- The atheist, the agnostic, the humanist does not do good (forgetting the fact that the Bible says in Romans 3 that the Evangelical doesn’t do good either)
It is for these reasons that the Evangelical thinks atheists, agnostics, and humanists live meaningless lives. They can not comprehend a life of value without their God being in the center of it. For the Evangelical, their worship and devotion will have a big pay off some day. According to John 14, Jesus is in heaven right now preparing a mansion (KJV) or a room (NIV) for them. Without such a pay off, according to the Evangelical, live is meaningless and not worth living. I suspect more than a few Evangelicals wonder why atheists, agnostics, and humanists don’t kill themselves since they have NOTHING to live for.
Over the past five years, countless Evangelicals have told me that my life is meaningless. A few have even suggested I commit suicide and get it over with. No matter how I try to explain how and why my life has meaning, they reject what I say because they can not fathom a meaningful life without the Evangelical God. Their minds are made up; no God, no life.
The Evangelical finds meaning in their religion and the Bible. The atheist, agnostic, and humanist, as Bill Watterson states, must invent their own life’s meaning. It is not an easy path to walk. Let’s face it, in many ways life was easier when we were an Evangelical Christian. The Bible defined what was moral/immoral, ethical/unethical. The Bible was the owner’s manual for our life and all we had to do is consult it on a daily basis. Now, there is no owner’s manual and we are forced to rethink and adjust our moral and ethical beliefs, and, at times, jettison moral and ethical beliefs that no longer make sense. This process can often be quite bewildering and painful, and more than one atheist has said, life sure was a lot easier when I was a Christian.
For most atheists and agnostics, it is humanism that gives their life meaning and moral/ethical form and substance. The Humanist Manifesto III states:
Humanism is a progressive philosophy of life that, without supernaturalism, affirms our ability and responsibility to lead ethical lives of personal fulfillment that aspire to the greater good of humanity.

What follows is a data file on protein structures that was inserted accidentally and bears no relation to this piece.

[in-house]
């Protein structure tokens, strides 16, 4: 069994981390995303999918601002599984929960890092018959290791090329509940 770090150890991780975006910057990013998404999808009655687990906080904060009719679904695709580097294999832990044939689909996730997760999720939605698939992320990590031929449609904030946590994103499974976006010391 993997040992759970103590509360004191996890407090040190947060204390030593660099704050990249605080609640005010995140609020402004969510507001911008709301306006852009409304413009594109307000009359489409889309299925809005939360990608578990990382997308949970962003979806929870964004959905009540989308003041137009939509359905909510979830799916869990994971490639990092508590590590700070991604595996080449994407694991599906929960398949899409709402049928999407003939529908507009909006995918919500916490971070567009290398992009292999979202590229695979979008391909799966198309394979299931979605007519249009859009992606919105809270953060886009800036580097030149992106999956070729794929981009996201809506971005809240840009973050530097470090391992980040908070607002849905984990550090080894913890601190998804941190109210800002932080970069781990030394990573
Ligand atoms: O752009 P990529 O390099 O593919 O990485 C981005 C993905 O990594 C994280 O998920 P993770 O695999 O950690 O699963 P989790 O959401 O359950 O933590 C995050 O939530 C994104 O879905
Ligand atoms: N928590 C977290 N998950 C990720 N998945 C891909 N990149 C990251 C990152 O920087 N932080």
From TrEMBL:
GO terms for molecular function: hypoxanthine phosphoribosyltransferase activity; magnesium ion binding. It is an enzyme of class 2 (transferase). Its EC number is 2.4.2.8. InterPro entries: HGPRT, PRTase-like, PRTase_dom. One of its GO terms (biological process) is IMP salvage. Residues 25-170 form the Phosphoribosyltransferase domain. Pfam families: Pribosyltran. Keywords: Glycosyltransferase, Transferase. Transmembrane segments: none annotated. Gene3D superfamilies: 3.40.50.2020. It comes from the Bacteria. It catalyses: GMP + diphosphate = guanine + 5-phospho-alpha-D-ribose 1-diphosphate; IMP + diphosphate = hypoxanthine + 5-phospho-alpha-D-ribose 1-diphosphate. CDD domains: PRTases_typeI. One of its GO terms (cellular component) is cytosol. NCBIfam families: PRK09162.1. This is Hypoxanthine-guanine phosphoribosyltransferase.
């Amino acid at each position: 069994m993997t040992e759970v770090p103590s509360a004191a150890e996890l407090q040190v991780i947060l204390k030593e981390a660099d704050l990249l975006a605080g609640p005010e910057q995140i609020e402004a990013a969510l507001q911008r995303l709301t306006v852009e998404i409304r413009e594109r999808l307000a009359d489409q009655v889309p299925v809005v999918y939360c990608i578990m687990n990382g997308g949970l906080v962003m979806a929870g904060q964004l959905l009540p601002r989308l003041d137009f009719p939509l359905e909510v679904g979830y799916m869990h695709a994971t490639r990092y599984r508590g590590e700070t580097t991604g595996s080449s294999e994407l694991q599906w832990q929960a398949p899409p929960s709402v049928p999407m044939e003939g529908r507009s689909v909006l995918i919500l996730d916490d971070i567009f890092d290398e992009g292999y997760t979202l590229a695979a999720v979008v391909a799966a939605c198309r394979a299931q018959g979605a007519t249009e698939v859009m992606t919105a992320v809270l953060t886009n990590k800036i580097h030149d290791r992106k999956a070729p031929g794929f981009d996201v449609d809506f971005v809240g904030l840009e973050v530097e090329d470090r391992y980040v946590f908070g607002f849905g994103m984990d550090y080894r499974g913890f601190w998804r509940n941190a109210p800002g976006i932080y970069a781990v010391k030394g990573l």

The lifestance of Humanism—guided by reason, inspired by compassion, and informed by experience—encourages us to live life well and fully. It evolved through the ages and continues to develop through the efforts of thoughtful people who recognize that values and ideals, however carefully wrought, are subject to change as our knowledge and understandings advance…
…Ethical values are derived from human need and interest as tested by experience. Humanists ground values in human welfare shaped by human circumstances, interests, and concerns and extended to the global ecosystem and beyond. We are committed to treating each person as having inherent worth and dignity, and to making informed choices in a context of freedom consonant with responsibility.
Life’s fulfillment emerges from individual participation in the service of humane ideals. We aim for our fullest possible development and animate our lives with a deep sense of purpose, finding wonder and awe in the joys and beauties of human existence, its challenges and tragedies, and even in the inevitability and finality of death. Humanists rely on the rich heritage of human culture and the lifestance of Humanism to provide comfort in times of want and encouragement in times of plenty.
Humans are social by nature and find meaning in relationships. Humanists long for and strive toward a world of mutual care and concern, free of cruelty and its consequences, where differences are resolved cooperatively without resorting to violence. The joining of individuality with interdependence enriches our lives, encourages us to enrich the lives of others, and inspires hope of attaining peace, justice, and opportunity for all.
Working to benefit society maximizes individual happiness. Progressive cultures have worked to free humanity from the brutalities of mere survival and to reduce suffering, improve society, and develop global community. We seek to minimize the inequities of circumstance and ability, and we support a just distribution of nature’s resources and the fruits of human effort so that as many as possible can enjoy a good life…
It is clear from the Humanist Manifesto that the life of humanist has great meaning and that meaning is found in life itself. Since this life is the only life we have, how we live it matters. As a husband, father, grandfather, citizen, neighbor, and friend, I want others to have a free, productive, fulfilling, happy life. Yes, death will end our live all too soon, but until it does, we should busy ourselves doing that which not only benefits ourselves but the lives of others. The humanist can say Amen to the Bible command to love our neighbor as ourselves. We all benefit when every human lives a free, productive, fulfilling, happy life. When love and peace reign we all benefit.
I realize that nothing I have said in this post will convince the Evangelical that atheists, agnostics, and humanists have a meaningful life. They are blinded by their obedience to a fallible, errant, contradictory ancient text, and until they are disabused of this belief they will not see the world any other way. The liberal/progressive Christian often sees the world like the atheist, agnostic and humanist does. While they may still believe in God, they, like the non-believer, do not grant the Bible power over their lives, and they do not allow the Bible to become the only measure by which they determine what is a meaningful life.